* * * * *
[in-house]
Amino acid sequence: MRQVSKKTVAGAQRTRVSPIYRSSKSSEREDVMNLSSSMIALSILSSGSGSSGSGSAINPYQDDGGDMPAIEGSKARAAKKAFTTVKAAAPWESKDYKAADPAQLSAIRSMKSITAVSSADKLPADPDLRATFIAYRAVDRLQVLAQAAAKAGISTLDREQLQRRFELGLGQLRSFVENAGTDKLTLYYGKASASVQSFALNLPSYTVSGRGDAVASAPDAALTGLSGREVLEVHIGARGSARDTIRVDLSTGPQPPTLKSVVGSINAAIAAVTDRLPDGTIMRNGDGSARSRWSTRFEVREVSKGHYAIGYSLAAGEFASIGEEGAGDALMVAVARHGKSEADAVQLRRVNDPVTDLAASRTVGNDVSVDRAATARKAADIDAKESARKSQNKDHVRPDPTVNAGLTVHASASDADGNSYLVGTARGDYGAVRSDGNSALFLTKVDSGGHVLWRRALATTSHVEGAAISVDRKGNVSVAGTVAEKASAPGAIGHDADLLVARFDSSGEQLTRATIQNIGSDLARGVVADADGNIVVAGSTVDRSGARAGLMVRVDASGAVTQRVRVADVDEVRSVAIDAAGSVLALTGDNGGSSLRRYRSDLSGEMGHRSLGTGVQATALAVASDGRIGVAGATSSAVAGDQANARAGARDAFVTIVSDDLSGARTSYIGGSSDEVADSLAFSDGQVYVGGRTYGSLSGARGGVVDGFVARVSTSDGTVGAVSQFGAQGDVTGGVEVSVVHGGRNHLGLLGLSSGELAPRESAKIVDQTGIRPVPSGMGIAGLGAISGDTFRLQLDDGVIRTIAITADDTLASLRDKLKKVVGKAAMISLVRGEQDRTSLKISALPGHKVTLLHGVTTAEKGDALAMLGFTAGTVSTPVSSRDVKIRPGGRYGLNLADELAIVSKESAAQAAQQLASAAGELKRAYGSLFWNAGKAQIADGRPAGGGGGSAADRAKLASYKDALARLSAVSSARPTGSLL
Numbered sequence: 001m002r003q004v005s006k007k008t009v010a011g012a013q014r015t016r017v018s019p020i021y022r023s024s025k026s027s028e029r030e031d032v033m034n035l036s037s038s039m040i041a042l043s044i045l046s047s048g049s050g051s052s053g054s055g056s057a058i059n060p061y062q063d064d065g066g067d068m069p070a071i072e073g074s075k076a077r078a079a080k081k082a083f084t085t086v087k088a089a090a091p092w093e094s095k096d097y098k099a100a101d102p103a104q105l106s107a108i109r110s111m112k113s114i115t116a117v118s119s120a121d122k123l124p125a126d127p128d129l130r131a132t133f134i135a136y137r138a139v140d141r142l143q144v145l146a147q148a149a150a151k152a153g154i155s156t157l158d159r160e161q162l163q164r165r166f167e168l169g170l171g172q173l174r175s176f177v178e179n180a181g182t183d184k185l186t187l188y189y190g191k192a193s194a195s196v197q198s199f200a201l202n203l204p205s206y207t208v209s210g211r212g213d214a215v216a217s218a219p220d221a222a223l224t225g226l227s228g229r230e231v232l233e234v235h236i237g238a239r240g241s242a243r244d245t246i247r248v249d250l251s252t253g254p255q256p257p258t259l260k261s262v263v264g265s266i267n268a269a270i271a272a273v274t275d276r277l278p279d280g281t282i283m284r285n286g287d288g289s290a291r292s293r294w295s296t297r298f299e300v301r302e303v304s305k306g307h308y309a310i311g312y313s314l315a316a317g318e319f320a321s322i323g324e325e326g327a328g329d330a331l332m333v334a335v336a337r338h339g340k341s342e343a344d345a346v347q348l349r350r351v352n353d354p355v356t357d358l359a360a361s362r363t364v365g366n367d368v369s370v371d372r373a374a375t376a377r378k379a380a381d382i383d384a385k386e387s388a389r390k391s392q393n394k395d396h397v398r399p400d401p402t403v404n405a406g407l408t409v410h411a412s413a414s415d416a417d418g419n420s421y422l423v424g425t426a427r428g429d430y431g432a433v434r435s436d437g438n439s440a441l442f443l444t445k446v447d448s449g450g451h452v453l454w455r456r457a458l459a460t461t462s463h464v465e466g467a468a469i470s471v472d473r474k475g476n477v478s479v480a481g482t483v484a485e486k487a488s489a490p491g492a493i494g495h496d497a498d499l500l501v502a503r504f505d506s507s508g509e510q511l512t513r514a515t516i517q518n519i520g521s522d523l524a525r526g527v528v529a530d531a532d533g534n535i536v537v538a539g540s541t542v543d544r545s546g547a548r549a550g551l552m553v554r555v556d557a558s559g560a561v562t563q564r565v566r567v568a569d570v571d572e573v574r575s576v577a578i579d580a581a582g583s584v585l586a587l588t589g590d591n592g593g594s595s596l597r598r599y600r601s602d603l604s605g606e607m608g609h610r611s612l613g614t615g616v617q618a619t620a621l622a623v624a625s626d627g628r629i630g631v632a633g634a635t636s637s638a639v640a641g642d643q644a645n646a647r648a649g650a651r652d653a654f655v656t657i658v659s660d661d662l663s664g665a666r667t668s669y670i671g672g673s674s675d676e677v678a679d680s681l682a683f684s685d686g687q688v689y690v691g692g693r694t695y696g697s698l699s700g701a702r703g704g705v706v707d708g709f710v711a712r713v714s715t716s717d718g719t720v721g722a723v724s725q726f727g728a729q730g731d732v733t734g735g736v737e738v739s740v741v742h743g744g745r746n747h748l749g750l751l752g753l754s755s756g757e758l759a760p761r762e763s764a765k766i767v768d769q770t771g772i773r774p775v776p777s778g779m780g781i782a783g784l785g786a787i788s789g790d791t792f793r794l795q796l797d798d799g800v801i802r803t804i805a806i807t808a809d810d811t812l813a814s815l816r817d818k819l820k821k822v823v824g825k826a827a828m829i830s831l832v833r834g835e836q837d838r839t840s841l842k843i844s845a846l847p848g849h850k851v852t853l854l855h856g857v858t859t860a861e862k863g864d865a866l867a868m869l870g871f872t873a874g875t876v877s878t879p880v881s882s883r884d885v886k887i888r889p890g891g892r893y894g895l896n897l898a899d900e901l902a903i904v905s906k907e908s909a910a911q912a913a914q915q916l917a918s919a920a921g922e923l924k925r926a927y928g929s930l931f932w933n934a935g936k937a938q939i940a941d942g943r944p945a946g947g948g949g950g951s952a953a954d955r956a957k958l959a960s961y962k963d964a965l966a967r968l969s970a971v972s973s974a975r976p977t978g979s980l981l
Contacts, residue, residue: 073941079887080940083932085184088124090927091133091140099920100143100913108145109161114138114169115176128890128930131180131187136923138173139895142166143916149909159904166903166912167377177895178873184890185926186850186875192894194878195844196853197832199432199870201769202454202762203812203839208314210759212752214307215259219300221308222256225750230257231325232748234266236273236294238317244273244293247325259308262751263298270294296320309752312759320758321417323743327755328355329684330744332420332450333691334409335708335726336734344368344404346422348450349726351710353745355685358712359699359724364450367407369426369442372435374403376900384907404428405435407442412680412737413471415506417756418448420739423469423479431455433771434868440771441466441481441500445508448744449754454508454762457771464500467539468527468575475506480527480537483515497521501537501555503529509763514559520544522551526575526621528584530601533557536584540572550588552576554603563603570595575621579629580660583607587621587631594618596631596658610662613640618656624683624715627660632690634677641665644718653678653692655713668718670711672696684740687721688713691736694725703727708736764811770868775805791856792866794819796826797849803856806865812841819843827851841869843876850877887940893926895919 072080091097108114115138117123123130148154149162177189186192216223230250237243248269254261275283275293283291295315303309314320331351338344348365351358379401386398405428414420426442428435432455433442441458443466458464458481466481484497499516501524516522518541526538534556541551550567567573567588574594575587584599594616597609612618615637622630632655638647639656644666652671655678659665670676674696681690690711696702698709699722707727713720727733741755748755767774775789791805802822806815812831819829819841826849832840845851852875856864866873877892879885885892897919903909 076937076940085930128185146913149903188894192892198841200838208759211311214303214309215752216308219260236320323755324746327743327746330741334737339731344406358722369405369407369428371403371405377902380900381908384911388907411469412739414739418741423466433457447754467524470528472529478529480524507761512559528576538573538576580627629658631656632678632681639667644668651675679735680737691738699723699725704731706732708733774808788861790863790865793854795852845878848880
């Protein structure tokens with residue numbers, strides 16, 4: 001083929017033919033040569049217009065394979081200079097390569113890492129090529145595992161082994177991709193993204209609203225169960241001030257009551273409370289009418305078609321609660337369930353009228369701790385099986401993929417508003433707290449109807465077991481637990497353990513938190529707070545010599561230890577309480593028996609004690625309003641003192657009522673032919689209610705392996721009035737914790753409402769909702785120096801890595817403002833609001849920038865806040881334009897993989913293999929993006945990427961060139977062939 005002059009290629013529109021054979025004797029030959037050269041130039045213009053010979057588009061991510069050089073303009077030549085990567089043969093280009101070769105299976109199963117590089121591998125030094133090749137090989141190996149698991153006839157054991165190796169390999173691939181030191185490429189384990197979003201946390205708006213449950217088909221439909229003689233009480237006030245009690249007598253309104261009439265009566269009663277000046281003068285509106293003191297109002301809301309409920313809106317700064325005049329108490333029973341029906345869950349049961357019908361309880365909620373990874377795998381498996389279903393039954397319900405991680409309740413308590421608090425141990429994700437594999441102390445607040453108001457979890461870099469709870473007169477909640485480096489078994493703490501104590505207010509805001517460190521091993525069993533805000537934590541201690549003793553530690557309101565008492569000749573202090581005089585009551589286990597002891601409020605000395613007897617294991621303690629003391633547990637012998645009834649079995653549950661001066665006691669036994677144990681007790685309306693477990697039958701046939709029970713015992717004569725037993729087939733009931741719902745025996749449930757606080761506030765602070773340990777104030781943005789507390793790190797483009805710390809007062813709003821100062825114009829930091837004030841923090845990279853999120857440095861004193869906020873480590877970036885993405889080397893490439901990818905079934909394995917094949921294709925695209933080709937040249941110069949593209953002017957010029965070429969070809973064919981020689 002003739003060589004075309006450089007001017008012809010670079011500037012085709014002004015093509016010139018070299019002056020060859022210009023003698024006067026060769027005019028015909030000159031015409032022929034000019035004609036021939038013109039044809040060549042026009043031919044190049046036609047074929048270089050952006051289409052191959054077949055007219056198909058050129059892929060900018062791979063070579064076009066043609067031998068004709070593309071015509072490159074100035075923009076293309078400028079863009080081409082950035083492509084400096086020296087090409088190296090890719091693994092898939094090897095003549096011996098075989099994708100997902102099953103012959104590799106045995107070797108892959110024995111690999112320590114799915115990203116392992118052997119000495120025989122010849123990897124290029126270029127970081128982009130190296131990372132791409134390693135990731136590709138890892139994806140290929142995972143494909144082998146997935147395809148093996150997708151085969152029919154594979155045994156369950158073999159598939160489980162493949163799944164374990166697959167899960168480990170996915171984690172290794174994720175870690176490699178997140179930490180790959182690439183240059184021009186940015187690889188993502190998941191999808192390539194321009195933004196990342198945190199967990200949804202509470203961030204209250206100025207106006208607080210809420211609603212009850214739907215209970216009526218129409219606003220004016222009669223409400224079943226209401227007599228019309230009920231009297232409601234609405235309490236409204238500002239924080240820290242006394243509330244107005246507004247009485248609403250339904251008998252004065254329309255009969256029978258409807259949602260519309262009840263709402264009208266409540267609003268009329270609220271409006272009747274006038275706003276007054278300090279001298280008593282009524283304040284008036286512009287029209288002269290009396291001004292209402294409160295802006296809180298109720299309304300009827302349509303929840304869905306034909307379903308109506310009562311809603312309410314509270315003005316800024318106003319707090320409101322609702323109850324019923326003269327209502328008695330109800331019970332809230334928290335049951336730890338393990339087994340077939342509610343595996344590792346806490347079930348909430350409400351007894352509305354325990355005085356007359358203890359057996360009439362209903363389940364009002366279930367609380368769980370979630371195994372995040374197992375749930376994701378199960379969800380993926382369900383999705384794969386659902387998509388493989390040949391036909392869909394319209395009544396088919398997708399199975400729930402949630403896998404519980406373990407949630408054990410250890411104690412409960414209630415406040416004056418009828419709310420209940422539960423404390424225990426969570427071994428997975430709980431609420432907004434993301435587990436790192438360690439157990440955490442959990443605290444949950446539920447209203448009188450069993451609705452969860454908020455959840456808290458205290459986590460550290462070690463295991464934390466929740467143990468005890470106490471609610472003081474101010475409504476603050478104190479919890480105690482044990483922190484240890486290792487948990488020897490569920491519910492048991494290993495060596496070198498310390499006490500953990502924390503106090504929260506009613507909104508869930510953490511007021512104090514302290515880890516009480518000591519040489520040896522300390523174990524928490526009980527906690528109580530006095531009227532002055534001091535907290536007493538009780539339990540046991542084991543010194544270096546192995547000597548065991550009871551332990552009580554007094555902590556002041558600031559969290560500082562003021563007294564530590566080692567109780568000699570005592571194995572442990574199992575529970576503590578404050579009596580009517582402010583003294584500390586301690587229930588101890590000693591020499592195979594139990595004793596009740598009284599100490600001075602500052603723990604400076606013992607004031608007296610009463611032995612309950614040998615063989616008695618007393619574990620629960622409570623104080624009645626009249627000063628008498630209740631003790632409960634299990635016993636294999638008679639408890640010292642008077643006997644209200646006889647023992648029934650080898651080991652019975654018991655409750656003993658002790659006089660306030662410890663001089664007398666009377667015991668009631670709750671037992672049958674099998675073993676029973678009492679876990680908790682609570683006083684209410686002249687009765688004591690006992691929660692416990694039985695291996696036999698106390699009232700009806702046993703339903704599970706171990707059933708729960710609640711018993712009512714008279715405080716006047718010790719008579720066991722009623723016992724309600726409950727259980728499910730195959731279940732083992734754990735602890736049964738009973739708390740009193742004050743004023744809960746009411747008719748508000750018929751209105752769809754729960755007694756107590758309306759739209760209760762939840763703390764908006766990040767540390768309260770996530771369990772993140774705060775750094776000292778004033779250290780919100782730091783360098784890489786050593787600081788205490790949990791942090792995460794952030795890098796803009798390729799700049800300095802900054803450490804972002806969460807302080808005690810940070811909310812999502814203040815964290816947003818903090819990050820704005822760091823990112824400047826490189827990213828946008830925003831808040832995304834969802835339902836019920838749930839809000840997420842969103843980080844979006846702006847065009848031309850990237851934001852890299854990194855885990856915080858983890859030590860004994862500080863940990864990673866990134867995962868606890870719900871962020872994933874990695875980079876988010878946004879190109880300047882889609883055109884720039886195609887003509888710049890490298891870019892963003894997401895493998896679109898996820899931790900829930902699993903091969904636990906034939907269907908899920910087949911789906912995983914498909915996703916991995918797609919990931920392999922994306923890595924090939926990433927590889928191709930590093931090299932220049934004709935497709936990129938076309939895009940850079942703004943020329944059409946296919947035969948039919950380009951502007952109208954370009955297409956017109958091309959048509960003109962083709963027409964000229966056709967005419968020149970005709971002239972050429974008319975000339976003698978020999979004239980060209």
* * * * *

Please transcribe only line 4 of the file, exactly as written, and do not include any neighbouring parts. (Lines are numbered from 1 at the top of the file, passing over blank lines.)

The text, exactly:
Contacts, residue, residue: 073941079887080940083932085184088124090927091133091140099920100143100913108145109161114138114169115176128890128930131180131187136923138173139895142166143916149909159904166903166912167377177895178873184890185926186850186875192894194878195844196853197832199432199870201769202454202762203812203839208314210759212752214307215259219300221308222256225750230257231325232748234266236273236294238317244273244293247325259308262751263298270294296320309752312759320758321417323743327755328355329684330744332420332450333691334409335708335726336734344368344404346422348450349726351710353745355685358712359699359724364450367407369426369442372435374403376900384907404428405435407442412680412737413471415506417756418448420739423469423479431455433771434868440771441466441481441500445508448744449754454508454762457771464500467539468527468575475506480527480537483515497521501537501555503529509763514559520544522551526575526621528584530601533557536584540572550588552576554603563603570595575621579629580660583607587621587631594618596631596658610662613640618656624683624715627660632690634677641665644718653678653692655713668718670711672696684740687721688713691736694725703727708736764811770868775805791856792866794819796826797849803856806865812841819843827851841869843876850877887940893926895919 072080091097108114115138117123123130148154149162177189186192216223230250237243248269254261275283275293283291295315303309314320331351338344348365351358379401386398405428414420426442428435432455433442441458443466458464458481466481484497499516501524516522518541526538534556541551550567567573567588574594575587584599594616597609612618615637622630632655638647639656644666652671655678659665670676674696681690690711696702698709699722707727713720727733741755748755767774775789791805802822806815812831819829819841826849832840845851852875856864866873877892879885885892897919903909 076937076940085930128185146913149903188894192892198841200838208759211311214303214309215752216308219260236320323755324746327743327746330741334737339731344406358722369405369407369428371403371405377902380900381908384911388907411469412739414739418741423466433457447754467524470528472529478529480524507761512559528576538573538576580627629658631656632678632681639667644668651675679735680737691738699723699725704731706732708733774808788861790863790865793854795852845878848880